Chris Silverman

Chris Silverman

Senior Designer Joined over 8 years ago

  • 0 stories
  • Posted to Google Tone, May 20, 2015

    Reminds me of a few years ago, when a security researcher discovered a virus that used this same technique to communicate with machines that didn't have internet connections. They couldn't believe it at first: completely isolated computers with a seemingly supernatural ability to receive instructions.

    And now Google's made a plugin based on the same idea. Fascinating.

    0 points
  • Posted to The International Flag of Planet Earth, in reply to Mike Wilson , May 19, 2015

    Mike, that's an extremely hostile reaction to what was hardly an offensive comment.

    You miss the little "be nice" slogan they've got plastered all over here?

    3 points
  • Posted to World White Web - Take part in changing the search results for hand on Google, in reply to Ed Adams , May 19, 2015

    The fact that there are more images of white peoples' hands than anyone else's is likely a product of institutional racism: white people have more opportunities, more education, more money, and therefore better access to technology, so they're more represented online. And no, that's not a Google problem, it's a social problem that is reflected in Google search results.

    Which is why I don't think artificially increasing the number of non-white hands on Google search results is going to accomplish anything. It's like "curing" measles by painting over the spots. This just seems superficial and pointless.

    20 points
  • Posted to The International Flag of Planet Earth, in reply to Jacopo Colò , May 19, 2015

    These are more in the category of maps, though. What he's done is more philosophical than technical, which I think is the idea of most flag designs.

    5 points
  • Posted to Electronic Items, May 18, 2015

    Reminds me, very slightly, of the aesthetic in

    I really like the blocky, matte style.

    0 points
  • Posted to Introducing Google Play Books' new font, Literata., in reply to Adil Majid , May 18, 2015

    Agreed. They've been doing a good job. I remember Doug Bowman left in disgust a few years ago because he couldn't get anything done over there ( It sounded like the engineering mindset—quantifying everything, prioritizing data over instinct—nullified whatever attempt at better design they'd made by hiring him, and their apps really showed it.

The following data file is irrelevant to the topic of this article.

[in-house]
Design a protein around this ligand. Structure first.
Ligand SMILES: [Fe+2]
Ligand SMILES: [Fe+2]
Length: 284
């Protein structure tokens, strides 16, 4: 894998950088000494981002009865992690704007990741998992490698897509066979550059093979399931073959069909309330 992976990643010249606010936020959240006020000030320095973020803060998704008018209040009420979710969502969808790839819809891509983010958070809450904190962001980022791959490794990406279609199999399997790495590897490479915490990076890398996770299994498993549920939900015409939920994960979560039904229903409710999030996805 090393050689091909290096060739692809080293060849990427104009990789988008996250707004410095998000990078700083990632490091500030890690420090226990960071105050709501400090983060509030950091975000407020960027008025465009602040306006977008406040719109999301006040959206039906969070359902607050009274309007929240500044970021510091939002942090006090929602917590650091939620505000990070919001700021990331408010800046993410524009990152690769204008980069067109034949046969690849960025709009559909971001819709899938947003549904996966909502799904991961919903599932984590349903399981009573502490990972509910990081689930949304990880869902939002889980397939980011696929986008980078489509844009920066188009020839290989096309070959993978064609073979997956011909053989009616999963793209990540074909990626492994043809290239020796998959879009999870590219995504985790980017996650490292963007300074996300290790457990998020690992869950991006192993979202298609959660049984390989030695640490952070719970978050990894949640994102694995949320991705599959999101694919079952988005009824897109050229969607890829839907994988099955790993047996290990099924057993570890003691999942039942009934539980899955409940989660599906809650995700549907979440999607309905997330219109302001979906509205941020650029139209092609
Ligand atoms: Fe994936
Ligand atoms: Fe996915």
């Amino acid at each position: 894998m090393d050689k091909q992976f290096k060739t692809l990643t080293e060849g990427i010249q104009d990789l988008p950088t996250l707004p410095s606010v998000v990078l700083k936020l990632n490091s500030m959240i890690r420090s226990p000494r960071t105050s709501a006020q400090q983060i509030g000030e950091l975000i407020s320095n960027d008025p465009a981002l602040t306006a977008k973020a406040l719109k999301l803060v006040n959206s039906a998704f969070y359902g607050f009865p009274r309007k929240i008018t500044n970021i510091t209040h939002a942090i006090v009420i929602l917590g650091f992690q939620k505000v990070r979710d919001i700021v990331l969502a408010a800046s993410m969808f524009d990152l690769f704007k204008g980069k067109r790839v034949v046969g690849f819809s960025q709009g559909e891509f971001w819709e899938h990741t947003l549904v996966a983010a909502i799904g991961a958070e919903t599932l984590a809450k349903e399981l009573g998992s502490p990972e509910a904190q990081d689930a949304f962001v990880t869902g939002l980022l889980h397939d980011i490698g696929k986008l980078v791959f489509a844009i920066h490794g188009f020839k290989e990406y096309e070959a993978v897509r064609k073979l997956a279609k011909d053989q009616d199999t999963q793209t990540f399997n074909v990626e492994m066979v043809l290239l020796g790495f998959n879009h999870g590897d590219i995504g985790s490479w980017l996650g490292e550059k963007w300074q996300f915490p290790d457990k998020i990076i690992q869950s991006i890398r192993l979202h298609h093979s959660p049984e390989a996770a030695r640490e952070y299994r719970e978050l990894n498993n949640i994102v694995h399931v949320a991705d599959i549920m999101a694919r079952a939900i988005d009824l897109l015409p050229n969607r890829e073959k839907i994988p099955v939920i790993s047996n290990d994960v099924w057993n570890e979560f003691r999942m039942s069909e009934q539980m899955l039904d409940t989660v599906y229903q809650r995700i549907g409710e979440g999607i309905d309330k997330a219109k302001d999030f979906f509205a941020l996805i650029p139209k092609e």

I don't know how design at Google works now, but I hope they're not still bickering over shades of blue.

    3 points
  • Posted to Introducing Google Play Books' new font, Literata., May 18, 2015

    (sommelier voice) "Ah yes, quite nice, I'm getting notes of Clarendon, with a hint of Droid Serif..."

    It would be sweet if this showed up on Google Fonts at some point.

    9 points
  • Posted to Trailer: Michael Fassbender as Steve Jobs, in reply to Andrius Petravicius , May 18, 2015

    Agreed. And Jeff Daniels isn't nearly as skeletal as he needs to be to pass for Sculley. I realize it's hard to find lookalikes for these guys, but the cast of Jobs actually looked fairly convincing. Nobody listed here looks remotely like the people they're supposed to portray.

    Of course, it's only the Apple history nerds who actually know what everyone besides Jobs looked like, anyway—I think even Woz has lapsed into obscurity these days.

    0 points
  • Posted to How to make a carousel using HTML and CSS only (no JS), May 18, 2015

    One comment: All slides after the first one won't be accessible on any browser without :target support (like IE7 and below). I don't know how much of a concern that is, but if you wrap the styling in a "@media only screen" query, that will block the absolute positioning from older browsers, so the content will at least be accessible. (Maybe this is what Josh meant.)

    The other thing you could do is have CSS-only arrows that don't require images at all. Setting a top and left border on the arrow links, and then rotating them 45° (left arrow) and 135° (right arrow) would allow users to modify arrow color, as well as :hover and :active states. More easily configurable, and saves an HTTP request :)

    This is great. Thanks, Dan—very useful.

    1 point
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